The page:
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Last Sunday of the Season in Yellowstone National Park

There weren’t many people in Yellowstone Sunday afternoon, but they were all doing the same thing—enjoying the last day before the interior park roads close for the winter.

Winter seemed impossibly far off on Sunday, with bluebird skies, bright sunshine and a cool breeze blowing at various points between Mammoth Hot Springs and Canyon. But blue skies or not, the roads were scheduled to close early the following morning. They will reopen in mid-December for oversnow travel in snowcoaches or on snowmobiles.

The line at the North Entrance station was short as I passed through in the late morning. I offered the fee-collecting ranger at the entrance congratulations for surviving the summer. She was surprisingly perky, said she looked forward to staying busy through the winter. The North Entrance is open year-round, and she’ll see employees headed to work at Mammoth Hot Springs all winter as well as contractors working on the Mammoth Hotel.

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And holy cow, they’ve gotten after the Mammoth Hotel construction project in a hurry. The hotel is getting a makeover and a relatively small two-story addition, which will increase the size of the gift shop and create a meeting space on the second floor. It’s a two-year project. The hotel will be closed this winter and next, but will be open next summer. And when it reopens for the summer season in 2018, the plan is that the hotel will be open year-round from that point.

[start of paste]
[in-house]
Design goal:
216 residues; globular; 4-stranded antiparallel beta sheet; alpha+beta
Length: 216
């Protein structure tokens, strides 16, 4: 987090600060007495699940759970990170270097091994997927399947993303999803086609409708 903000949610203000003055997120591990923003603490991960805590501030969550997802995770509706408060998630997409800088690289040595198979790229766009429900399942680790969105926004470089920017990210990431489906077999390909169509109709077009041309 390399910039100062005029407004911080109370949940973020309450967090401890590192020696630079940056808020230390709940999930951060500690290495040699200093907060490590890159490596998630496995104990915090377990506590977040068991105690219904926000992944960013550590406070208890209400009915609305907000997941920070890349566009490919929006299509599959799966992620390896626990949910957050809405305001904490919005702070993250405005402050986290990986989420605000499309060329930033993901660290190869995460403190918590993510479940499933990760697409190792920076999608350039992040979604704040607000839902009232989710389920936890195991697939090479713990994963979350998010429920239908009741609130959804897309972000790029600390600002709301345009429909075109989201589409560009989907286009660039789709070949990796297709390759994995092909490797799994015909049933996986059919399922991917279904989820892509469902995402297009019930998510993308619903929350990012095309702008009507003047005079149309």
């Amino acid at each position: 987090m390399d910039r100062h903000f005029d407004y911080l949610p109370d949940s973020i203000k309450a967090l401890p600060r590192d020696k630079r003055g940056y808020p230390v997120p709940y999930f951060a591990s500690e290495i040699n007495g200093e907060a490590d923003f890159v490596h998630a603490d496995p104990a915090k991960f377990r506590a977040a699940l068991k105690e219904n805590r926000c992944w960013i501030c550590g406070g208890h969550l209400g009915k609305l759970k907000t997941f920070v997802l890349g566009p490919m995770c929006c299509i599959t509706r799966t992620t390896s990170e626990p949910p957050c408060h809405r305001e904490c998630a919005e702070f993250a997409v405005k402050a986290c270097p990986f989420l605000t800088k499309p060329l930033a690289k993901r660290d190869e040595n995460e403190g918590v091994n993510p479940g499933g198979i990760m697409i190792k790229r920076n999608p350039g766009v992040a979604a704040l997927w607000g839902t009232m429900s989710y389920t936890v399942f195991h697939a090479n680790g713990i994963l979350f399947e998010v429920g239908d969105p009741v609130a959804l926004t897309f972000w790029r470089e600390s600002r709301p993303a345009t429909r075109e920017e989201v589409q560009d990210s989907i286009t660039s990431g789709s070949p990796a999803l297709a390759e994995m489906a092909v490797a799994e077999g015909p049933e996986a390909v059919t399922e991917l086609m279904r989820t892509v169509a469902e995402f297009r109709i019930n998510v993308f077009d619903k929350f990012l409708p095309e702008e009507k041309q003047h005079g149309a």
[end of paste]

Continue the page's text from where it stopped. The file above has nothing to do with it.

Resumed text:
Park concession company Xanterra Parks and Resorts moved its central reservation office out of the hotel in late October. The reservations staff and a few other year-round employees moved across the former military parade ground to a two-story building that once housed a Haynes photo shop.

I passed through Mammoth and headed south. At the top of the Mammoth Hot Springs, I turned into the Upper Terrace Drive for one last look around. I realized the next time I’m on that road I’m likely to be on cross-country skis. The 1.5 mile one-way loop road is closed to vehicles and groomed for skiing in the winter. The loop trail is hilly with a few challenging spots, not to mention a few spots where the road bed passes over a warm spot, creating an icy patch or two.

I headed up Golden Gate toward Swan Lake Flats. Emerging onto the plateau, with the wide open valley and Gallatin Range off to the west, it’s an iconic view of Yellowstone that never gets old.

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I proceeded on and pulled in at Willow Park – it’s one of the large pullouts on the west side of the road south of the Indian Creek Campground. Some years ago there was a sign “Willow Park—Look for moose.” Moose aren’t seen there so much anymore, so the sign came down. The willows border Obsidian Creek, which runs through the meadow. I got out and looked around, walked down to the creek. I saw some scat that could have been bear, full of animal hair, but also looking pretty old, but I eyed the waist-high, densely packed willows across the creek, just in case. Downstream a short distance there was a pile of sticks and brush, clearly a beaver lodge. I addressed the lodge and any inhabitants who might have been within greeting range.

“Hello, beaver den occupants. I don’t expect to see you at very near high noon because I know your kind to be ‘crepuscular,’ that is, most active at dawn and dusk.”